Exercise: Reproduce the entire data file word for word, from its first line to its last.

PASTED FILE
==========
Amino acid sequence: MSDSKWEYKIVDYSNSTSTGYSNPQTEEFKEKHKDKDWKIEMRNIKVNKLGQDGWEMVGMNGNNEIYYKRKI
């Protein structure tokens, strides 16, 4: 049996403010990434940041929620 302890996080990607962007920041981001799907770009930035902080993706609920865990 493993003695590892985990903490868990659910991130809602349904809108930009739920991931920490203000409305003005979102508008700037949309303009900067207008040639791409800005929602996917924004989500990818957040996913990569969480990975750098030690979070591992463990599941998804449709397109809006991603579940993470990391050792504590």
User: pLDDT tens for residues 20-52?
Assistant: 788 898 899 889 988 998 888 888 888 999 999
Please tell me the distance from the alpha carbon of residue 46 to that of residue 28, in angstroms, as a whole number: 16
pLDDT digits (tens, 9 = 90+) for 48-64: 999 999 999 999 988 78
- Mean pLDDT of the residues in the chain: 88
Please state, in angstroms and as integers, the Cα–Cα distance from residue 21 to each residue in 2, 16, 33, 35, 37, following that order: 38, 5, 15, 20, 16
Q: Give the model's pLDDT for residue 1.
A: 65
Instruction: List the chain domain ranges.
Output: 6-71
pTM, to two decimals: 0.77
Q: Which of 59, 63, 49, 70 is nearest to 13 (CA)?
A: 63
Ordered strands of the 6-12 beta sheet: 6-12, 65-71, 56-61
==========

Amino acid sequence: MSDSKWEYKIVDYSNSTSTGYSNPQTEEFKEKHKDKDWKIEMRNIKVNKLGQDGWEMVGMNGNNEIYYKRKI
């Protein structure tokens, strides 16, 4: 049996403010990434940041929620 302890996080990607962007920041981001799907770009930035902080993706609920865990 493993003695590892985990903490868990659910991130809602349904809108930009739920991931920490203000409305003005979102508008700037949309303009900067207008040639791409800005929602996917924004989500990818957040996913990569969480990975750098030690979070591992463990599941998804449709397109809006991603579940993470990391050792504590």
User: pLDDT tens for residues 20-52?
Assistant: 788 898 899 889 988 998 888 888 888 999 999
Please tell me the distance from the alpha carbon of residue 46 to that of residue 28, in angstroms, as a whole number: 16
pLDDT digits (tens, 9 = 90+) for 48-64: 999 999 999 999 988 78
- Mean pLDDT of the residues in the chain: 88
Please state, in angstroms and as integers, the Cα–Cα distance from residue 21 to each residue in 2, 16, 33, 35, 37, following that order: 38, 5, 15, 20, 16
Q: Give the model's pLDDT for residue 1.
A: 65
Instruction: List the chain domain ranges.
Output: 6-71
pTM, to two decimals: 0.77
Q: Which of 59, 63, 49, 70 is nearest to 13 (CA)?
A: 63
Ordered strands of the 6-12 beta sheet: 6-12, 65-71, 56-61